Your Microbiome’s Composition: Nature, Nurture, or Plain Randomness?
Guess what type of creature represented you in this research?
In 1995, the European Journal of Physics published a paper apparently proving that when a slice of buttered toast falls from table height, it will land butter-side down 62% of the time.
We humans love good, solid, logical explanations, and in this case the researchers explained that when toast falls from a table, it only has time to perform half a somersault during its fall to the floor.
And since it starts butter-side up, it’s more likely to end up the other way round at the conclusion of this brief journey.
See? A logical explanation.
Another conundrum – closer to home for us at uBiome – is why individuals’ microbiomes vary so much from person to person.
According to scientists at the University of Colorado, Boulder, although your human genome is around 99.9% identical to the person waiting in front of you in the supermarket checkout line, your microbiomes could be 80% to 90% different.
Is there a logical explanation?
Perhaps it’s something genetic or environmental?
Or maybe it’s to do with the contents of your carts, meaning you and your neighbor eat completely different diets?
Well, while such factors undoubtedly play some part in the composition of your microbiome, researchers at MIT have just published a fascinating paper strongly suggesting that another important contributing factor is… chance.
We’ll explain more in a minute, but the headline finding of this intriguing study was that when identical living organisms were kept in an identical environment, and fed an identical diet of two strains of bacteria, their guts were colonized by either one strain or the other, rather than a mix of the two.
And there was a roughly 50/50 chance which strain would predominate.
The study was conducted at MIT’s Gore Lab, which is an ecological systems biology facility.
The lab’s Principal Investigator, Jeff Gore, an Associate Professor of Physics at MIT, explained why an experiment such as this needed the help of creatures other than humans: “What you would like to do is take a bunch of identical individuals, place them in identical environments, and then look to see whether the microbial communities are the same or different. That’s a very difficult experiment to do with people, but with model organisms it’s feasible.”
A model organism, by the way, is a non-human species that can be extensively studied, with the expectation that findings from experiments with this organism will also cast light on the workings of another species.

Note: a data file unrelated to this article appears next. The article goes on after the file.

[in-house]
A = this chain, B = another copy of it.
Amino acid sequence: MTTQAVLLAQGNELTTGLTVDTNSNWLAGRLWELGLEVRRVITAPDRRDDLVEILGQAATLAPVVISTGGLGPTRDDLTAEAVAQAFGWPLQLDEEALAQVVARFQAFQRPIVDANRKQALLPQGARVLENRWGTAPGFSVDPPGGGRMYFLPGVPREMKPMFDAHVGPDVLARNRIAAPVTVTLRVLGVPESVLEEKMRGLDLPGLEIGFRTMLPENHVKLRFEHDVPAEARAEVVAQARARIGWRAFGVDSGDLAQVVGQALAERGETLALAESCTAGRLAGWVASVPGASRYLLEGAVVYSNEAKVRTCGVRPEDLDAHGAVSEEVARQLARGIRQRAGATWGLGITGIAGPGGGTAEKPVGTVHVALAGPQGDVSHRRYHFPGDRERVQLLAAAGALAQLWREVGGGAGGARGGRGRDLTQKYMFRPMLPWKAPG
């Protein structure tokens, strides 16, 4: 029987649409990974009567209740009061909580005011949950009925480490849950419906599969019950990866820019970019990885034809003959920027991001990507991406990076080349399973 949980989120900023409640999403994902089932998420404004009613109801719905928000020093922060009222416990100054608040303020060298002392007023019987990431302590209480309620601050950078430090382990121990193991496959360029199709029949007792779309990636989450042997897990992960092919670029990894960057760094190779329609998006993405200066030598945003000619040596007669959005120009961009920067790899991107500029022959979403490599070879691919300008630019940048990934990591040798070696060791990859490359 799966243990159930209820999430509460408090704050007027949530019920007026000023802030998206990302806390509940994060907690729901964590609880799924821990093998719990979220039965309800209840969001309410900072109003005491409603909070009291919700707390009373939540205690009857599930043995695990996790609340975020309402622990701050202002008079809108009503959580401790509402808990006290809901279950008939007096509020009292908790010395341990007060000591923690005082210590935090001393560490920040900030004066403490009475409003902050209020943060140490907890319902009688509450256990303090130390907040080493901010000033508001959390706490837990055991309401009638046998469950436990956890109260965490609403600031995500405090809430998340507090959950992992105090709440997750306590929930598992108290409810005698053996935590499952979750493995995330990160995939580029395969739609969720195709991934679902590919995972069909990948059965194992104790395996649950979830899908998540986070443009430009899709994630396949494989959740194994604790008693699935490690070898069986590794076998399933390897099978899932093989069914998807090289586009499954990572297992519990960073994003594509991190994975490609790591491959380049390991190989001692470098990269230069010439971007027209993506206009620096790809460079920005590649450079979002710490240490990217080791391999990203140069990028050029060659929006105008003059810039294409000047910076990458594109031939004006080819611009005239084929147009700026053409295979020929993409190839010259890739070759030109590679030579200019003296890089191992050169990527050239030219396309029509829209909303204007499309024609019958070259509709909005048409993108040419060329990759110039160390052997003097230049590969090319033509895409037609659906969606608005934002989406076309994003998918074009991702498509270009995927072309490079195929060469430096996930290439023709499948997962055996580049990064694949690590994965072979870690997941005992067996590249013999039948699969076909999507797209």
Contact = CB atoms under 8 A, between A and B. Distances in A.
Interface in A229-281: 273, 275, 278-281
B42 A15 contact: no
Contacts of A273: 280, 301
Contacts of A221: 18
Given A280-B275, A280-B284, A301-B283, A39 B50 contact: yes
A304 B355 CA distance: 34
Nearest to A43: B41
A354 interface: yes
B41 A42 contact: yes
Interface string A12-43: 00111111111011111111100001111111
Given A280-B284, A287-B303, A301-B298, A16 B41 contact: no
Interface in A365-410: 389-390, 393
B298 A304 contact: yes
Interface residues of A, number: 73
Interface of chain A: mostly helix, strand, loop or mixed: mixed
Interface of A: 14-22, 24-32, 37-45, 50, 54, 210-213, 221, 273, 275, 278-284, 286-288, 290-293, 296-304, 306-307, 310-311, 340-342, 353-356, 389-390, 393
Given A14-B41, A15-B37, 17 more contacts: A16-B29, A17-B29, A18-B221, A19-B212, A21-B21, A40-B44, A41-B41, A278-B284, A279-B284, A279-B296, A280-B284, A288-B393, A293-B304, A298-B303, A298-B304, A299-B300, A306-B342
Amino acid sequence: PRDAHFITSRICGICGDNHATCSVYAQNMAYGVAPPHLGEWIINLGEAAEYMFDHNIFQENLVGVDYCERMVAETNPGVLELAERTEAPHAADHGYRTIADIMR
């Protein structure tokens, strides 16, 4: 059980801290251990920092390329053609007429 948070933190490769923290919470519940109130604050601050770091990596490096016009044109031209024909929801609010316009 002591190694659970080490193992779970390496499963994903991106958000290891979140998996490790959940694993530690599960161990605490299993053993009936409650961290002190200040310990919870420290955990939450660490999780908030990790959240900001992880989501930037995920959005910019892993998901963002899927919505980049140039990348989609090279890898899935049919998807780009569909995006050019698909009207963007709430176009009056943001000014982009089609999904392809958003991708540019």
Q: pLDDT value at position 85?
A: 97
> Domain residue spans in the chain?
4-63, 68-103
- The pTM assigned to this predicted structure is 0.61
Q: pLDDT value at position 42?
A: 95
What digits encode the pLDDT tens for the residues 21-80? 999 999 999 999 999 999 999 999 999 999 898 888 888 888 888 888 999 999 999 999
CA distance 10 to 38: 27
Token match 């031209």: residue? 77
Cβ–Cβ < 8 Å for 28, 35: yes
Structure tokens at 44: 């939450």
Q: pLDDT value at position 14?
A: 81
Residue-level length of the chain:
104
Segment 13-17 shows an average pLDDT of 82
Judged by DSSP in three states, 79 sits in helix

So who, or what, was your stand-in for this study?
Well, it was a species of worm, named Caenorhabditis elegans.
Yup, you were represented by a worm.
C. elegans is a transparent roundworm, about 1 mm in length, which has some of the same organ systems as large animals, although no circulatory or respiratory systems.
This makes it an ideal, if perhaps unwitting, participant in laboratory studies, of which there have been many.
For example, back in 1998, this unassuming little worm was the first multicellular organism to have its whole genome sequenced.
Rather strangely, the gut of C. elegans ordinarily contains granules that emit a brilliant blue fluorescence when observed under ultraviolet light, and the worm’s transparency means this glow can be seen from the outside.
It was this combination of fluorescence and transparency that laid the groundwork for the MIT study.
The ingenious researchers engineered two strains of E. coli, one of which produced a green fluorescent protein, the other producing a red fluorescent protein.
Worms were cultivated to be germ-free, with no bacteria in their guts, and also sterilized so they were unable to reproduce during the experiment.
So, what’s a worm to do when it can’t get up to any funny business?
Well, there’s always eating, and C. elegans is fortunately particularly partial to bacteria.
The scientists placed the tiny critters in a liquid culture for a week, ensuring they all experienced a uniform environment.
This culture contained evenly distributed, equal amounts of the red and green E. coli.
What happened after seven days, then?
Well, when the worms were observed under a microscope using ultraviolet light, individuals glowed either completely red or completely green.
It meant that each worm’s gut had been colonized entirely by one strain or the other, rather than a combination of the two.
Jeff Gore observed: “Whichever color bacteria is lucky and happens to survive getting eaten and sticks to the gut, this bacterium starts growing, and it can grow to dominate the gut community.”
What a fascinating finding.
As we’ve seen, microbiomes vary extensively between individuals, even those living in the same environment, and the composition of someone’s microbiome can have important health consequences.
The prospect that sheer chance can play some part in bacterial composition is really most intriguing.
Researchers went on to obtain similar results using two different species of bacteria – Enterobacter aerogenes and Serratia marcescens.
Once again, the guts of worms kept in a liquid culture containing equal proportions of the two species ended up being dominated by one species or the other.
So, while there’s apparently a logical explanation for your toast falling butter-side down (meaning that Murphy’s Law has perhaps been scientifically validated), when it comes to the composition of your microbiome, it could be that a certain amount of randomness is involved.
A case of microbial “first come, first served,” perhaps.